Abstract

In stacked reservoirs with commingled production, achieving an understanding of relative contributions of the flow units is fundamental to reservoir management, most notably for conformance management of reservoirs under water flood or enhanced oil recovery (EOR) scheme.

To that effect, the desired surveillance data usually includes: reservoir layer pressures, phase distribution profiles (through PLTs) in flow units, and monthly well test data (water cut, gas oil ratio, oil rate etc.). These measurements will form the basis of well by well flow unit production allocation; all necessary information for classical engineering analysis and reservoir simulation.

The enduring challenge of value-effective reservoir management is to determine the ‘adequate’ frequency and selection of well and flow units data acquisition. Industry practice shows clearly that there is no consistent answer to this challenge. In the authors' opinion, this is due to the unavailability of a methodology and tools to rigorously define the Value of Information (VOI) associated with surveillance data acquisition. VOI is defined as the net present value (NPV) difference between the total production & costs outcomes with the benefit of information, and the total production & costs outcomes without this information. In some cases, the VOI can also indirectly translate to critical understanding of subsurface integrity such as unintentional communication of deeper, higher pressure gas reservoir with shallower reservoir units having a much lower fracture gradient that if left unattended could subsequently lead to subsurface blowout scenario.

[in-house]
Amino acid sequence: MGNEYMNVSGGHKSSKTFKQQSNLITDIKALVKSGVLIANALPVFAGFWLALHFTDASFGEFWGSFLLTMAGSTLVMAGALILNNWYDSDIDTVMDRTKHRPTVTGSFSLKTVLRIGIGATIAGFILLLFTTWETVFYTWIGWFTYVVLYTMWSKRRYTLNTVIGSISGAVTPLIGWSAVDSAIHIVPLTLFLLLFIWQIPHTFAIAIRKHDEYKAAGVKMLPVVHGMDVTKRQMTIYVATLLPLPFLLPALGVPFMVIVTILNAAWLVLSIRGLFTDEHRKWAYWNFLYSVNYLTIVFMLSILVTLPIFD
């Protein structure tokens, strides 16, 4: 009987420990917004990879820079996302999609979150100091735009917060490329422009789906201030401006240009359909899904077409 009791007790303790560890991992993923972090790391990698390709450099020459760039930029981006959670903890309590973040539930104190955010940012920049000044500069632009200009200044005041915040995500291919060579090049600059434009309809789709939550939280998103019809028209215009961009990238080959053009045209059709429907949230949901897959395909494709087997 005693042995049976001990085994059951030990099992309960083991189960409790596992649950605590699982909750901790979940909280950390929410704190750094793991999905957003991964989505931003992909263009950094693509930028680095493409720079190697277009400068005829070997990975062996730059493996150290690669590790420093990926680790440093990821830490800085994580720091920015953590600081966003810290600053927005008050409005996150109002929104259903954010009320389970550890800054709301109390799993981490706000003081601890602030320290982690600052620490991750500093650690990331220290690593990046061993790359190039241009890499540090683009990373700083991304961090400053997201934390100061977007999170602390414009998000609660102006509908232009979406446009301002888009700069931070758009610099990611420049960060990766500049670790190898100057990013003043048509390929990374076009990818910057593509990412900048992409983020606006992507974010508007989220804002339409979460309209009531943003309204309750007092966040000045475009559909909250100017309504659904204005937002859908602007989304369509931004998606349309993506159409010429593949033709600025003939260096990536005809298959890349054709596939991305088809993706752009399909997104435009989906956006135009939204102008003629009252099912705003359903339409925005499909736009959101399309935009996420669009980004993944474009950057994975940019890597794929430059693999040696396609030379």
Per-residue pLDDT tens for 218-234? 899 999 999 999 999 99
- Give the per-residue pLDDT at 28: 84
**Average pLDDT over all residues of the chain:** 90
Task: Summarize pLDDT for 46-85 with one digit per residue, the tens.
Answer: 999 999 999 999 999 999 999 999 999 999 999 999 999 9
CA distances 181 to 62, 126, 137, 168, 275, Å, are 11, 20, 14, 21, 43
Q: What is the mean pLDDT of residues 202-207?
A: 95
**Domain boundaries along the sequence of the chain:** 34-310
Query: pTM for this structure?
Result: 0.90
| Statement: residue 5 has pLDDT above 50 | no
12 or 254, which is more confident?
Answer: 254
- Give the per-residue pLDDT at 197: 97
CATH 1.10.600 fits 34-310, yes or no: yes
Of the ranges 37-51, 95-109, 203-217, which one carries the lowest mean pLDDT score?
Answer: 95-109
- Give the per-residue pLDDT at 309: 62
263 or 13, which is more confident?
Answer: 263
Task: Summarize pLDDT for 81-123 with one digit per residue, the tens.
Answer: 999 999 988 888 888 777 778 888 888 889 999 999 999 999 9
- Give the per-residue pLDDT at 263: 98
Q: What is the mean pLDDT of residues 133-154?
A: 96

In this paper, we set out to define surveillance data acquisition decisions as an optimisation problem: where is the optimum cost versus reward for a field, given allocated well production and the usual (partial) understanding of reservoir layer absolute and relative permeability at the well, from logs and core.

We present how novel predictive analytic algorithms, coupled with multi-phase deliverability models, material balance analysis, and global optimisation search methods are integrated to assess the resulting uncertainty in layer-phase allocation, in presence of different surveillance datasets. We use a representative synthetic field simulation model to formulate reservoir outcomes.

As a precursor to a full VOI, we define an allocation uncertainty versus the data acquisition frequency, and provide general recommendations in terms of data frequency and type that can be generically used as findings.

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